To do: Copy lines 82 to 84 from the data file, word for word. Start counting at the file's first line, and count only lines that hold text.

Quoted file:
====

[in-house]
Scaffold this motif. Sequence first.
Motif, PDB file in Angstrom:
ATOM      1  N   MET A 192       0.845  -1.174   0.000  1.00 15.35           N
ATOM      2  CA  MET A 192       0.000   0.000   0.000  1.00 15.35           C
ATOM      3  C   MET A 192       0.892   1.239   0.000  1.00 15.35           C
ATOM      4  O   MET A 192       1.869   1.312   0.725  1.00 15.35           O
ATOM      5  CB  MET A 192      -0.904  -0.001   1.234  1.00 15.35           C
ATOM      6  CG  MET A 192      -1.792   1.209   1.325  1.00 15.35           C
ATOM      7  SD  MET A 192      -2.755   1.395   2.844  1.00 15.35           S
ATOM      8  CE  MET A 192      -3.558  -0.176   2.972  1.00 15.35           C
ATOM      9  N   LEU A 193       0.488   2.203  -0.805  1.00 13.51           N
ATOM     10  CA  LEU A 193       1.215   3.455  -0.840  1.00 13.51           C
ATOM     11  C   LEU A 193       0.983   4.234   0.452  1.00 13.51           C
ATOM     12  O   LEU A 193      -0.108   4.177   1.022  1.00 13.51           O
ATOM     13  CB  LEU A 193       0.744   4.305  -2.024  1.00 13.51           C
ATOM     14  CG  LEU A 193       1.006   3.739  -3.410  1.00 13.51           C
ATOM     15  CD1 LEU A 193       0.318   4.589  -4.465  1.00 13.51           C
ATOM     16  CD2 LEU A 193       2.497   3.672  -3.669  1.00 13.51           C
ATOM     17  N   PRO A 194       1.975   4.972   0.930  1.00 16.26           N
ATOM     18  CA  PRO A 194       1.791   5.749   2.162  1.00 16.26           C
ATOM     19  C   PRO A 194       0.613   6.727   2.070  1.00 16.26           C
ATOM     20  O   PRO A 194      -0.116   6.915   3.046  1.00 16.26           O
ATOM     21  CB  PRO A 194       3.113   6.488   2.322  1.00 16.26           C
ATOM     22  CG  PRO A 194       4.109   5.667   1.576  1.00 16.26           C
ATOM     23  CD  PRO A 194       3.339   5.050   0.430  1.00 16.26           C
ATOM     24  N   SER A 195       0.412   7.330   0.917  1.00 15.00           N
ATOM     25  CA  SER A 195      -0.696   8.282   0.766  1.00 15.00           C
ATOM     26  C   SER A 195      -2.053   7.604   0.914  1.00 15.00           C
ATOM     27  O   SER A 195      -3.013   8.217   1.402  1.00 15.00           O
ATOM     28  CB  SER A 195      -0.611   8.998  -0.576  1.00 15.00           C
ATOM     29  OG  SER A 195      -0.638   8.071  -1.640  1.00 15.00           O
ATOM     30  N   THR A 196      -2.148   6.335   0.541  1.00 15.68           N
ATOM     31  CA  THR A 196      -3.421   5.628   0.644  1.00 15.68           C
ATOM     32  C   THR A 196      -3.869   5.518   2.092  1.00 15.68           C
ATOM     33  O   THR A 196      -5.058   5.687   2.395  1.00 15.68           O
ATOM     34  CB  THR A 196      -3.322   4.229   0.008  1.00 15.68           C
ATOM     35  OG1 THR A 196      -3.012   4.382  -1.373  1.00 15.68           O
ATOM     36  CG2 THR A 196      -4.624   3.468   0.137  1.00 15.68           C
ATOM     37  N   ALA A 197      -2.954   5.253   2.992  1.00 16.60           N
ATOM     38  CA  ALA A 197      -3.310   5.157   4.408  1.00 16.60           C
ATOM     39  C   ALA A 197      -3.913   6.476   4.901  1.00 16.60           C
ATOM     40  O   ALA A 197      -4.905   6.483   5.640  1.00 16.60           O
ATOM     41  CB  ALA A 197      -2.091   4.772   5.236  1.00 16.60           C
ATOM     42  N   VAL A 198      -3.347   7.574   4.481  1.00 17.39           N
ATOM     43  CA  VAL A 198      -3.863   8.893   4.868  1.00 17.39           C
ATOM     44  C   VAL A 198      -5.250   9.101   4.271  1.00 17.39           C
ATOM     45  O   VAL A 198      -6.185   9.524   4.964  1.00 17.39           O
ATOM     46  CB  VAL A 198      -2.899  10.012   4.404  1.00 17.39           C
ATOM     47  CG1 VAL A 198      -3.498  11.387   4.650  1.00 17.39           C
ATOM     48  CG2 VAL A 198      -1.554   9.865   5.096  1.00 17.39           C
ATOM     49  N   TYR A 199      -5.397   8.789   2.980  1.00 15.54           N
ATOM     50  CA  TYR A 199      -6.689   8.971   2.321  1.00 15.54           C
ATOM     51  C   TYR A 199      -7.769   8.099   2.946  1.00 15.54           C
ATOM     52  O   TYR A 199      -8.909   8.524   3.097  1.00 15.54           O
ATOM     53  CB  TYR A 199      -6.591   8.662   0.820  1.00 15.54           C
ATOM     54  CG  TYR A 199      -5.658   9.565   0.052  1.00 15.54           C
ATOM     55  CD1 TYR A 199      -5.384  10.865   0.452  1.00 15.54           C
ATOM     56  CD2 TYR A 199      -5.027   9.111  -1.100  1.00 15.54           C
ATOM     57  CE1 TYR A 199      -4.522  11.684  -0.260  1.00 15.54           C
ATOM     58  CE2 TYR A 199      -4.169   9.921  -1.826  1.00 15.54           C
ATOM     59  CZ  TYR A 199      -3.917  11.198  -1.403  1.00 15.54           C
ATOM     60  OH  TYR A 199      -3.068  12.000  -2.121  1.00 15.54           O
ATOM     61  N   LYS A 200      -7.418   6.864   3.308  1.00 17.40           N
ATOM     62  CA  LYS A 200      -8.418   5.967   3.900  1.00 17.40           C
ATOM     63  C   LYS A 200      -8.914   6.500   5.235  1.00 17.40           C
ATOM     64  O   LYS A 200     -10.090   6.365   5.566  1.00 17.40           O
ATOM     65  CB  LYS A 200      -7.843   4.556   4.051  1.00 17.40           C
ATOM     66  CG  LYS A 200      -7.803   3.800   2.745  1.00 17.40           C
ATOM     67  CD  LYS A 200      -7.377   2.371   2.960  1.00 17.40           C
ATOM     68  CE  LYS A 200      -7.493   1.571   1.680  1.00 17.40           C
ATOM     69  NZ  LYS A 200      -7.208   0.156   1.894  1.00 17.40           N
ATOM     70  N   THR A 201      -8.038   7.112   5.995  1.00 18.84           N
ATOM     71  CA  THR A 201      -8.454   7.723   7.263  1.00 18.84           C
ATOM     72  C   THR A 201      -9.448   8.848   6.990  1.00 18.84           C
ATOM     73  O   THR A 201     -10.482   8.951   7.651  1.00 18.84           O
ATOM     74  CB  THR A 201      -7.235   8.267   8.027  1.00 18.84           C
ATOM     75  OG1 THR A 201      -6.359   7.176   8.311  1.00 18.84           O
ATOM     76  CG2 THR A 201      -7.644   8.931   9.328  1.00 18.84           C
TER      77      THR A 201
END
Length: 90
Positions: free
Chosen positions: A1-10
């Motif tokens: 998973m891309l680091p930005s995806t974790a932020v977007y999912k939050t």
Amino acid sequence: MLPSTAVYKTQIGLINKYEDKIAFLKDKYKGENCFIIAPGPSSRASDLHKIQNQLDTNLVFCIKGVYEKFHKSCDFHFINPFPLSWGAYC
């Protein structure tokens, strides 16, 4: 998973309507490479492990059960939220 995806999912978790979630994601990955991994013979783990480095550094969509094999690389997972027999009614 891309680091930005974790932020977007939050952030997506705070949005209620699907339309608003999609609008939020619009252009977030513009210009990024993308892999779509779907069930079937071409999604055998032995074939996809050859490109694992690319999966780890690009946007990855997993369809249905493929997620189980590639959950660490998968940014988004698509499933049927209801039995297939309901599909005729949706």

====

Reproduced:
Length: 90
Positions: free
Chosen positions: A1-10